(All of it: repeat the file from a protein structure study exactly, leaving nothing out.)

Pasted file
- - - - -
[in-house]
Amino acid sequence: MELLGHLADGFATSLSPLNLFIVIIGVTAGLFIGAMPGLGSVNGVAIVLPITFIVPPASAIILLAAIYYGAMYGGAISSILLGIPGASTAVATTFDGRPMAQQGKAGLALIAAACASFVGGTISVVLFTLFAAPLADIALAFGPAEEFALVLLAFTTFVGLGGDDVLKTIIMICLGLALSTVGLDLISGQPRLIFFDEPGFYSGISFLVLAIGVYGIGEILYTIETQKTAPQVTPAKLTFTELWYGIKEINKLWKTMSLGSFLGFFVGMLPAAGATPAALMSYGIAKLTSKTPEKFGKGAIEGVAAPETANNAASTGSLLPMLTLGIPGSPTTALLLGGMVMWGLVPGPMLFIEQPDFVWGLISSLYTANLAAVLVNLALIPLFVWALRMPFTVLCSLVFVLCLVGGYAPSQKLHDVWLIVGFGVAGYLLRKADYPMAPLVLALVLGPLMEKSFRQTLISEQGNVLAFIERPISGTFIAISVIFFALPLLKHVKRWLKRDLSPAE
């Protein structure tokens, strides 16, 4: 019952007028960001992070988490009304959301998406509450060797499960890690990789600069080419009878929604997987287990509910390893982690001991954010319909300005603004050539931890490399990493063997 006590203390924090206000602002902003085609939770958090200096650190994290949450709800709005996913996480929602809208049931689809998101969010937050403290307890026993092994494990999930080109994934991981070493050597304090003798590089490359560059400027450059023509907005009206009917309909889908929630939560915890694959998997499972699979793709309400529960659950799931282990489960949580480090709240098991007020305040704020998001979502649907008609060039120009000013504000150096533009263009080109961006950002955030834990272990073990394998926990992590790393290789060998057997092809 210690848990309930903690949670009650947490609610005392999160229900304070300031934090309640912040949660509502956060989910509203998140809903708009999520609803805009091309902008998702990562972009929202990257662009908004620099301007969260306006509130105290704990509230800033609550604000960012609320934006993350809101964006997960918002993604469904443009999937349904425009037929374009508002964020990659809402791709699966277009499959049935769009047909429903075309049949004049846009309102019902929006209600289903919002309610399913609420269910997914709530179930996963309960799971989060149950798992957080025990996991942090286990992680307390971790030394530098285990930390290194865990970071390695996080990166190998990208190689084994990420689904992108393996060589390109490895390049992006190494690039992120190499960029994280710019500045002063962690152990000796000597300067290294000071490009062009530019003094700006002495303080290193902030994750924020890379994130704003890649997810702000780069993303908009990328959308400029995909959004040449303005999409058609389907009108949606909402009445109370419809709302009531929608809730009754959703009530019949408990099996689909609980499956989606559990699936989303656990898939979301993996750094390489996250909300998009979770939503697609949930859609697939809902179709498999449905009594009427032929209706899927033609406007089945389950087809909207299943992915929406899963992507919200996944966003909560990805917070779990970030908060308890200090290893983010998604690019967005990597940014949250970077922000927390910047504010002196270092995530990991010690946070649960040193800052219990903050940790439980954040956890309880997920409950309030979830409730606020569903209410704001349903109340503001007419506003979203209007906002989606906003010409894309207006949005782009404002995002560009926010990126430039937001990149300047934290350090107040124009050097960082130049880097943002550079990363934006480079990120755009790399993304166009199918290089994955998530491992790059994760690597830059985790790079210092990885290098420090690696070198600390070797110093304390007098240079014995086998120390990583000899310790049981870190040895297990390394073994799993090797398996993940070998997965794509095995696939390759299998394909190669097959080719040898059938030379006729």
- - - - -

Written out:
[in-house]
Amino acid sequence: MELLGHLADGFATSLSPLNLFIVIIGVTAGLFIGAMPGLGSVNGVAIVLPITFIVPPASAIILLAAIYYGAMYGGAISSILLGIPGASTAVATTFDGRPMAQQGKAGLALIAAACASFVGGTISVVLFTLFAAPLADIALAFGPAEEFALVLLAFTTFVGLGGDDVLKTIIMICLGLALSTVGLDLISGQPRLIFFDEPGFYSGISFLVLAIGVYGIGEILYTIETQKTAPQVTPAKLTFTELWYGIKEINKLWKTMSLGSFLGFFVGMLPAAGATPAALMSYGIAKLTSKTPEKFGKGAIEGVAAPETANNAASTGSLLPMLTLGIPGSPTTALLLGGMVMWGLVPGPMLFIEQPDFVWGLISSLYTANLAAVLVNLALIPLFVWALRMPFTVLCSLVFVLCLVGGYAPSQKLHDVWLIVGFGVAGYLLRKADYPMAPLVLALVLGPLMEKSFRQTLISEQGNVLAFIERPISGTFIAISVIFFALPLLKHVKRWLKRDLSPAE
């Protein structure tokens, strides 16, 4: 019952007028960001992070988490009304959301998406509450060797499960890690990789600069080419009878929604997987287990509910390893982690001991954010319909300005603004050539931890490399990493063997 006590203390924090206000602002902003085609939770958090200096650190994290949450709800709005996913996480929602809208049931689809998101969010937050403290307890026993092994494990999930080109994934991981070493050597304090003798590089490359560059400027450059023509907005009206009917309909889908929630939560915890694959998997499972699979793709309400529960659950799931282990489960949580480090709240098991007020305040704020998001979502649907008609060039120009000013504000150096533009263009080109961006950002955030834990272990073990394998926990992590790393290789060998057997092809 210690848990309930903690949670009650947490609610005392999160229900304070300031934090309640912040949660509502956060989910509203998140809903708009999520609803805009091309902008998702990562972009929202990257662009908004620099301007969260306006509130105290704990509230800033609550604000960012609320934006993350809101964006997960918002993604469904443009999937349904425009037929374009508002964020990659809402791709699966277009499959049935769009047909429903075309049949004049846009309102019902929006209600289903919002309610399913609420269910997914709530179930996963309960799971989060149950798992957080025990996991942090286990992680307390971790030394530098285990930390290194865990970071390695996080990166190998990208190689084994990420689904992108393996060589390109490895390049992006190494690039992120190499960029994280710019500045002063962690152990000796000597300067290294000071490009062009530019003094700006002495303080290193902030994750924020890379994130704003890649997810702000780069993303908009990328959308400029995909959004040449303005999409058609389907009108949606909402009445109370419809709302009531929608809730009754959703009530019949408990099996689909609980499956989606559990699936989303656990898939979301993996750094390489996250909300998009979770939503697609949930859609697939809902179709498999449905009594009427032929209706899927033609406007089945389950087809909207299943992915929406899963992507919200996944966003909560990805917070779990970030908060308890200090290893983010998604690019967005990597940014949250970077922000927390910047504010002196270092995530990991010690946070649960040193800052219990903050940790439980954040956890309880997920409950309030979830409730606020569903209410704001349903109340503001007419506003979203209007906002989606906003010409894309207006949005782009404002995002560009926010990126430039937001990149300047934290350090107040124009050097960082130049880097943002550079990363934006480079990120755009790399993304166009199918290089994955998530491992790059994760690597830059985790790079210092990885290098420090690696070198600390070797110093304390007098240079014995086998120390990583000899310790049981870190040895297990390394073994799993090797398996993940070998997965794509095995696939390759299998394909190669097959080719040898059938030379006729």